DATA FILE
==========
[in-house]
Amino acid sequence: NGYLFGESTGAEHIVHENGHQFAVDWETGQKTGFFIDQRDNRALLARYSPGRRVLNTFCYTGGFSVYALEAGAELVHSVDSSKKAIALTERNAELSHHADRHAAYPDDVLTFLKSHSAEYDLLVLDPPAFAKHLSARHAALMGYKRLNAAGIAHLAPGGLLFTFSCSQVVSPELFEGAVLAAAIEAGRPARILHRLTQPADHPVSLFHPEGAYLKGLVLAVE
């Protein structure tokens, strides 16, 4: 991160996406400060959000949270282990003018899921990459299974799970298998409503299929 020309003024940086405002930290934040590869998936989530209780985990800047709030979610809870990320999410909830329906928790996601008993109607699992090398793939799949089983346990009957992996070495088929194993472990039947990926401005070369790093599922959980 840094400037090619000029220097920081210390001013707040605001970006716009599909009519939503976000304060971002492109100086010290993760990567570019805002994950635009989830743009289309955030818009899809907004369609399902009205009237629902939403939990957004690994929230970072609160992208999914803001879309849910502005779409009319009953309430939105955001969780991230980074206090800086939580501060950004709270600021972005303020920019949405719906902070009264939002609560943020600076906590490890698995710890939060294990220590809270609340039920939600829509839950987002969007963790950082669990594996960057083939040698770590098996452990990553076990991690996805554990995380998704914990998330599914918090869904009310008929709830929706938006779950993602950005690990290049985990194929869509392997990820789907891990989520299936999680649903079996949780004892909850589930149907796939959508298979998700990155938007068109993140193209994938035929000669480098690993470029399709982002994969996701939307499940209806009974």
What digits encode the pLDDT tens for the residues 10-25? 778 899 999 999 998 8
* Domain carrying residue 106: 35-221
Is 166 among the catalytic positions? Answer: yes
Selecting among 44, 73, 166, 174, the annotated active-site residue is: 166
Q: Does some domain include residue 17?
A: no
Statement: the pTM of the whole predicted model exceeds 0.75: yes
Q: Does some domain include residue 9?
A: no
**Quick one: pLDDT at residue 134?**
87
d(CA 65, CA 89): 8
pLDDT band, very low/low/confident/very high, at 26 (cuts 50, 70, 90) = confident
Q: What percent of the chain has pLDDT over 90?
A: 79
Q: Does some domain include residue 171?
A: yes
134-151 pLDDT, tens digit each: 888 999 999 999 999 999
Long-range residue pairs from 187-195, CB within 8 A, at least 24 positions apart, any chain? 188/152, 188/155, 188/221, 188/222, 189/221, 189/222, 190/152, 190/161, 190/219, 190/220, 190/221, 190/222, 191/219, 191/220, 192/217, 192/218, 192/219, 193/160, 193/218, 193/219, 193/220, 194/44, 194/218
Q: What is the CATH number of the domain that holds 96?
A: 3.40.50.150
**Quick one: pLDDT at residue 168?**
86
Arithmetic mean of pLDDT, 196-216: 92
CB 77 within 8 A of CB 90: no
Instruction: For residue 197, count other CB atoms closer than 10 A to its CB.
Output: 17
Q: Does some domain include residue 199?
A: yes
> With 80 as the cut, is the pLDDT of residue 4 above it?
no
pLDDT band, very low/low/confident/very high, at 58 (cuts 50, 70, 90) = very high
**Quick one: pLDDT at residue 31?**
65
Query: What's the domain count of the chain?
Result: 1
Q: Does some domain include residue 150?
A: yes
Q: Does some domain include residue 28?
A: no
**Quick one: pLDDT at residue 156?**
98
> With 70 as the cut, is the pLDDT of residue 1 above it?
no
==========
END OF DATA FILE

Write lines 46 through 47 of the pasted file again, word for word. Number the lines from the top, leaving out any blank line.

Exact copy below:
> With 70 as the cut, is the pLDDT of residue 1 above it?
no